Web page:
1. Parameter assignment logic is changed in the optimized code set so as to recognize the full length version of global and page specific variables and translate them to the shortened form that is then used internally in the optimized scripts. This required adjustments to the HM_a_Parameters array (Hj in the optimized code set) and the HM_f_AssignParameters function (HW1). Further, the HW1 function was extended such that it will also recognize the shortened version of the global and page specific parameters as well, allowing you to "optimize" your parameter settings, if you so choose. In other words, with the optimized code set in place, you can specify the global font size with HM_GL_FontSize = 10 or HM_GL_m = 10.

  2. The HM_f_AssignParameters function (HW1 in the optimized code set) was modified slightly so as to not use eval statements. The additional eval statements seemed to trigger a bizarre bug in IE5 for windows (that we'll revisit a little later in this article) and therefore we use the window as an associative array to "find" our global and page specific variables instead. This problem is not as prevalent in the verbose code, so we've chosen to make the change only in the optimized code at this time.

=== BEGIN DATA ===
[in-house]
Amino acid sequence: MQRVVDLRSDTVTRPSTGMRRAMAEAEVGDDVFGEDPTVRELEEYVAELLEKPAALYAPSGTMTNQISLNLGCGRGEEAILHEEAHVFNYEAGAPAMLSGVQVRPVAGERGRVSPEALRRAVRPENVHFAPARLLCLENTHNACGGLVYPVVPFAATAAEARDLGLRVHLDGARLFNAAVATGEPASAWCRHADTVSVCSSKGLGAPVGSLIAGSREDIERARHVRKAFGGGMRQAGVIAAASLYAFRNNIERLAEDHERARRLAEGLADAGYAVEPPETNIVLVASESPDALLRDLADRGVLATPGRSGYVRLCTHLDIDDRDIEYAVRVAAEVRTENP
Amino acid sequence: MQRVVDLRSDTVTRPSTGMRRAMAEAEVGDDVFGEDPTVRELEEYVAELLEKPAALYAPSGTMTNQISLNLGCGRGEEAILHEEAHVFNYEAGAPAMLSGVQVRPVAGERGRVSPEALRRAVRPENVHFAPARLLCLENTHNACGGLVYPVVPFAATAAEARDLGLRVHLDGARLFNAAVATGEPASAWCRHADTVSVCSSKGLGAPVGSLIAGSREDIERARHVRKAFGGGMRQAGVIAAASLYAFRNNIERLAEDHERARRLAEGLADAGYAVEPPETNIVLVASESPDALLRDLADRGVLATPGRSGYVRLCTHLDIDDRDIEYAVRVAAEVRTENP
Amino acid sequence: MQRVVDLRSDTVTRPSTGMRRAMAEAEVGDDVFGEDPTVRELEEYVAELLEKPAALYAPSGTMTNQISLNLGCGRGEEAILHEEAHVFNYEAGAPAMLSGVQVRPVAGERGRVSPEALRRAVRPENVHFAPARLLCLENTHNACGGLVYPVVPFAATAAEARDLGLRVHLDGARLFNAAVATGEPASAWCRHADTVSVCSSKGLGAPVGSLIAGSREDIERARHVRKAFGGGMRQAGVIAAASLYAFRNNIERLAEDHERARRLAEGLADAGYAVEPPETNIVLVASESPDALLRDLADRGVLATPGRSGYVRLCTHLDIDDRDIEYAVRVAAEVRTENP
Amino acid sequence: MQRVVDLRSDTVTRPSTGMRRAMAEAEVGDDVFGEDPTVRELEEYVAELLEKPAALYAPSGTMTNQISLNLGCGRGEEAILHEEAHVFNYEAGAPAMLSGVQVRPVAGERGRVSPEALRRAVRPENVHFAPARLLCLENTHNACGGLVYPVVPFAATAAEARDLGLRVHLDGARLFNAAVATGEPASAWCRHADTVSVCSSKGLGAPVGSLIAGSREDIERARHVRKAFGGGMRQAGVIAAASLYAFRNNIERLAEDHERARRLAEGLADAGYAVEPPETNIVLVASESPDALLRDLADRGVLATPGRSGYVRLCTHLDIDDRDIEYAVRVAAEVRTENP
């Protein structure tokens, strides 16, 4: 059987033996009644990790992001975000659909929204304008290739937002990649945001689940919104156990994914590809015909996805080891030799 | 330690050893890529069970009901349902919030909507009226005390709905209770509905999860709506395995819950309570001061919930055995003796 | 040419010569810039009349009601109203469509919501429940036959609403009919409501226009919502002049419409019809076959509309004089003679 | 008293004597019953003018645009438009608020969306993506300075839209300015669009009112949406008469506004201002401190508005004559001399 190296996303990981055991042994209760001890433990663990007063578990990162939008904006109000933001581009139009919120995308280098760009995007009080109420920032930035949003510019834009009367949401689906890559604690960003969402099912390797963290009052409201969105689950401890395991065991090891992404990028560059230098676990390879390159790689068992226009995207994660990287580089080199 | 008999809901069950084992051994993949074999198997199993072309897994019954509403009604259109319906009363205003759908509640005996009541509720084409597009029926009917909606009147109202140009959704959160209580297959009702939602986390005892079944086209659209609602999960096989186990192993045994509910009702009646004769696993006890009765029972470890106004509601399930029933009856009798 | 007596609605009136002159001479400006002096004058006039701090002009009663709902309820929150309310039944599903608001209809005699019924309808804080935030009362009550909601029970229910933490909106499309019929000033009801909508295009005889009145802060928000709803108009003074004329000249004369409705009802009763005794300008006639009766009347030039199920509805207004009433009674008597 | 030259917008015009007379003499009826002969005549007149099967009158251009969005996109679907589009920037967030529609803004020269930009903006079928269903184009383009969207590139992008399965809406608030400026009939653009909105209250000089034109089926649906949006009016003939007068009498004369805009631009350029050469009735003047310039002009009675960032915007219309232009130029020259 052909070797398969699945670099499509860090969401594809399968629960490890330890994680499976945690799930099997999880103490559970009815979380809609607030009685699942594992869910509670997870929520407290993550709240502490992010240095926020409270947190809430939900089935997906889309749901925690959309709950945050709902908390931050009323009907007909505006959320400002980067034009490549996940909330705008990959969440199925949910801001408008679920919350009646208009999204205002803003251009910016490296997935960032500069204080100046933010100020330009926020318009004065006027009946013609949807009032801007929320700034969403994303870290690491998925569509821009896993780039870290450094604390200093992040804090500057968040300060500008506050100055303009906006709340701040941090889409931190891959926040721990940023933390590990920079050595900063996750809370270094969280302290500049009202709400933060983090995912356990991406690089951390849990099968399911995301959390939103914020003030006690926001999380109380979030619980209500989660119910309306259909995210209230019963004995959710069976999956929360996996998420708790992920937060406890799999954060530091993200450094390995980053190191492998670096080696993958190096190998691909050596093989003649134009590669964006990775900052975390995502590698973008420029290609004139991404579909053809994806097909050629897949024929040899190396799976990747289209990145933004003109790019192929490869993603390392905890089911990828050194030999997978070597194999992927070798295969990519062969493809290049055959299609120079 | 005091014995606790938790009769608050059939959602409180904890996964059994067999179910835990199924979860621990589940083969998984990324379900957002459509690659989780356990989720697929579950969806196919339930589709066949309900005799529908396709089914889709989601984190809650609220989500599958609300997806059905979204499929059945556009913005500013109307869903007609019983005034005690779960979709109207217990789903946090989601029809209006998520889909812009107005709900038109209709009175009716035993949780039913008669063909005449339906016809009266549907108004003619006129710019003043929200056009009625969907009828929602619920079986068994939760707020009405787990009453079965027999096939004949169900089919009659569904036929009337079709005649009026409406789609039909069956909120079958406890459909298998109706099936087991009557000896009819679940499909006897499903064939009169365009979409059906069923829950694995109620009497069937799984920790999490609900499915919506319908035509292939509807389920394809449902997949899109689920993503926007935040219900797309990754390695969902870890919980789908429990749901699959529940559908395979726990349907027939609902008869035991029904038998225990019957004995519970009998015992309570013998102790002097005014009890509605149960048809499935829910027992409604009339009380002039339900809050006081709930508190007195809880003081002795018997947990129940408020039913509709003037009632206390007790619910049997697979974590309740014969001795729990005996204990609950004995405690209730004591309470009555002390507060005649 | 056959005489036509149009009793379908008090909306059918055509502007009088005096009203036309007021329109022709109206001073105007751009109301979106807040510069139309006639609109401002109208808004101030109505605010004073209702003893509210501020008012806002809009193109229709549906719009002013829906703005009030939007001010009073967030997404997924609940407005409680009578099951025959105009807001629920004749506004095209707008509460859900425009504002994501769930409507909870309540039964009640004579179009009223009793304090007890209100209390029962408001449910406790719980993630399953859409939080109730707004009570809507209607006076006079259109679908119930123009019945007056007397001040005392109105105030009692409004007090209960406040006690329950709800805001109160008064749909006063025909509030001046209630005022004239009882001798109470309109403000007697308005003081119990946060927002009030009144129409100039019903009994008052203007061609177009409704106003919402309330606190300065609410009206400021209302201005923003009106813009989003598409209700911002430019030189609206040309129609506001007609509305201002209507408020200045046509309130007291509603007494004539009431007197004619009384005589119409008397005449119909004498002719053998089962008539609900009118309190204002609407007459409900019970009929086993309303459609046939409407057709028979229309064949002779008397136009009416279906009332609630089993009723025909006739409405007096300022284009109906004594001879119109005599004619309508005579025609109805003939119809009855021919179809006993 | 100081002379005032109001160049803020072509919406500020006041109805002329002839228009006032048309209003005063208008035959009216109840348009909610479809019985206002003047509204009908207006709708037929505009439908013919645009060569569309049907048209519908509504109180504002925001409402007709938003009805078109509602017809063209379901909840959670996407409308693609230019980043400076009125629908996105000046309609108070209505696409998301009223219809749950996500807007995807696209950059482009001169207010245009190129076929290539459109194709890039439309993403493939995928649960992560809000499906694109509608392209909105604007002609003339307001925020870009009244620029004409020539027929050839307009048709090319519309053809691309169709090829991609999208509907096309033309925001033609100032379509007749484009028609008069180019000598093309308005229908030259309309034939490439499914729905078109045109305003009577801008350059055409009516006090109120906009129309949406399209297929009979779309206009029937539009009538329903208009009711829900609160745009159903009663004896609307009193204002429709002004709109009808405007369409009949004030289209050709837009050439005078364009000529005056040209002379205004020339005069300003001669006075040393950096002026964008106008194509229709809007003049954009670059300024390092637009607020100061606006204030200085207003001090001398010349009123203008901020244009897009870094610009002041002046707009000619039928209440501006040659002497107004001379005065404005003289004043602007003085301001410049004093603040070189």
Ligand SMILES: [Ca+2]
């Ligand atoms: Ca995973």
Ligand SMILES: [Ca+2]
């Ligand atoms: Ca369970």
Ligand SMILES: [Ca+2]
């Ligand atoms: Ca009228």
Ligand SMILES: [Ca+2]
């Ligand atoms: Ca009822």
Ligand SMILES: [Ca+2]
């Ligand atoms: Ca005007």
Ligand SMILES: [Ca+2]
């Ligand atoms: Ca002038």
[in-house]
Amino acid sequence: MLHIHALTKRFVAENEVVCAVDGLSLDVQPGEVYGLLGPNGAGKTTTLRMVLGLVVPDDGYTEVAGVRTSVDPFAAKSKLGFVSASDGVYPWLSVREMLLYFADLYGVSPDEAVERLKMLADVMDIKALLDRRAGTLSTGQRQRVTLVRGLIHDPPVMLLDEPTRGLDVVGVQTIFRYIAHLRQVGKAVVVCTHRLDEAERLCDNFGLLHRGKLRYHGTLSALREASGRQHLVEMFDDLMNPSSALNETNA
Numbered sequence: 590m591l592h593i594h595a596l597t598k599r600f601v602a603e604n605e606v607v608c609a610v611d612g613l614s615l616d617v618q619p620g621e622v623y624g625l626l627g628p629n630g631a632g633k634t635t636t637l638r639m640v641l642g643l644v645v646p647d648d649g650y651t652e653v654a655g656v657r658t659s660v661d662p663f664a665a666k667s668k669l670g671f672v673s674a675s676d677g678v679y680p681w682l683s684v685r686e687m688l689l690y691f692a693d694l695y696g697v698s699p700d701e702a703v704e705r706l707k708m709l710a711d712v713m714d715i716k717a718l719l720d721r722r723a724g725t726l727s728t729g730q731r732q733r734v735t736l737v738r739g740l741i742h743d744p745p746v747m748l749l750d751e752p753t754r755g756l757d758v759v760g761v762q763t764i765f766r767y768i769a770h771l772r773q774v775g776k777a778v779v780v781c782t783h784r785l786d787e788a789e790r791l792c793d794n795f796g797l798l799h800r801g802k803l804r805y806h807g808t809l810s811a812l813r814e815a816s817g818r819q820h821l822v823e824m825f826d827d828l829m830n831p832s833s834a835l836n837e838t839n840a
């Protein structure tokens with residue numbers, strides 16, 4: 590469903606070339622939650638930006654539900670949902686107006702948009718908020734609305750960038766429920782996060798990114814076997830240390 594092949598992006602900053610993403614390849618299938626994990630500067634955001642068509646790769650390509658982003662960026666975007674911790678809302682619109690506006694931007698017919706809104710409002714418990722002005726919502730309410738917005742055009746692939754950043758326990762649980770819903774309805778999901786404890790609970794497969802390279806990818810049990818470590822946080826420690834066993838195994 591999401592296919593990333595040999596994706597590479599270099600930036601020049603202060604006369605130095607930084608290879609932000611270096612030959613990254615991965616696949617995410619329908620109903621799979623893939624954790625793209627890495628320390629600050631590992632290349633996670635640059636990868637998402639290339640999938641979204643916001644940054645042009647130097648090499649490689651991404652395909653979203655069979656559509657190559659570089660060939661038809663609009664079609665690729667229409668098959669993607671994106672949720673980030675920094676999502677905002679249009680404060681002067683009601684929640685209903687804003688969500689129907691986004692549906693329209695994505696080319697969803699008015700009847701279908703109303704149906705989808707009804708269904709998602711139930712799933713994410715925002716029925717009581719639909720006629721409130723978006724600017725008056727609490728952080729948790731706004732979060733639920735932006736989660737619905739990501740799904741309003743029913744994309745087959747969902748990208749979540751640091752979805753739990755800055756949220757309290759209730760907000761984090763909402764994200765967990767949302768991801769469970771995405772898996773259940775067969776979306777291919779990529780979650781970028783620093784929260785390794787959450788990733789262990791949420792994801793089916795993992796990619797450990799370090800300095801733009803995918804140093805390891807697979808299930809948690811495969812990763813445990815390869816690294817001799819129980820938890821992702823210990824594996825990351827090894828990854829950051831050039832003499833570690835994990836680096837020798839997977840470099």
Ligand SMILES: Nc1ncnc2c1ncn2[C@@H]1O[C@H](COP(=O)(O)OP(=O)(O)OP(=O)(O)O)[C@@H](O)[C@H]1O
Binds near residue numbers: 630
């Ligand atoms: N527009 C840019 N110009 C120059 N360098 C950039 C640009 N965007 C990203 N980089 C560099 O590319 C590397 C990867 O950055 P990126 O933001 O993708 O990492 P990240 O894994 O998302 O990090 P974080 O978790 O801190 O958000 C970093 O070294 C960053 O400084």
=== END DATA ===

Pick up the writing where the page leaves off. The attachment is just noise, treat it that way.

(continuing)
When applying your new code to the optimized code set, you'll probably need to cross-reference the "verbose" function and variable names with the "optimized" versions. Such a cross-reference is provided via the link below (which opens in a new window).

Verbose vs. Optimized Cross Reference

Using the above cross-reference, for example, you can see that where the verbose scripts refer to the HM_a_TreesToBuild array, the optimized versions will use Has instead. And if the verbose scripts call the HM_f_MenuOver() function, the optimized scripts will simply call HWf().

Technical Considerations

Finally, a few quick notes about the optimization process itself that may be of interest to you.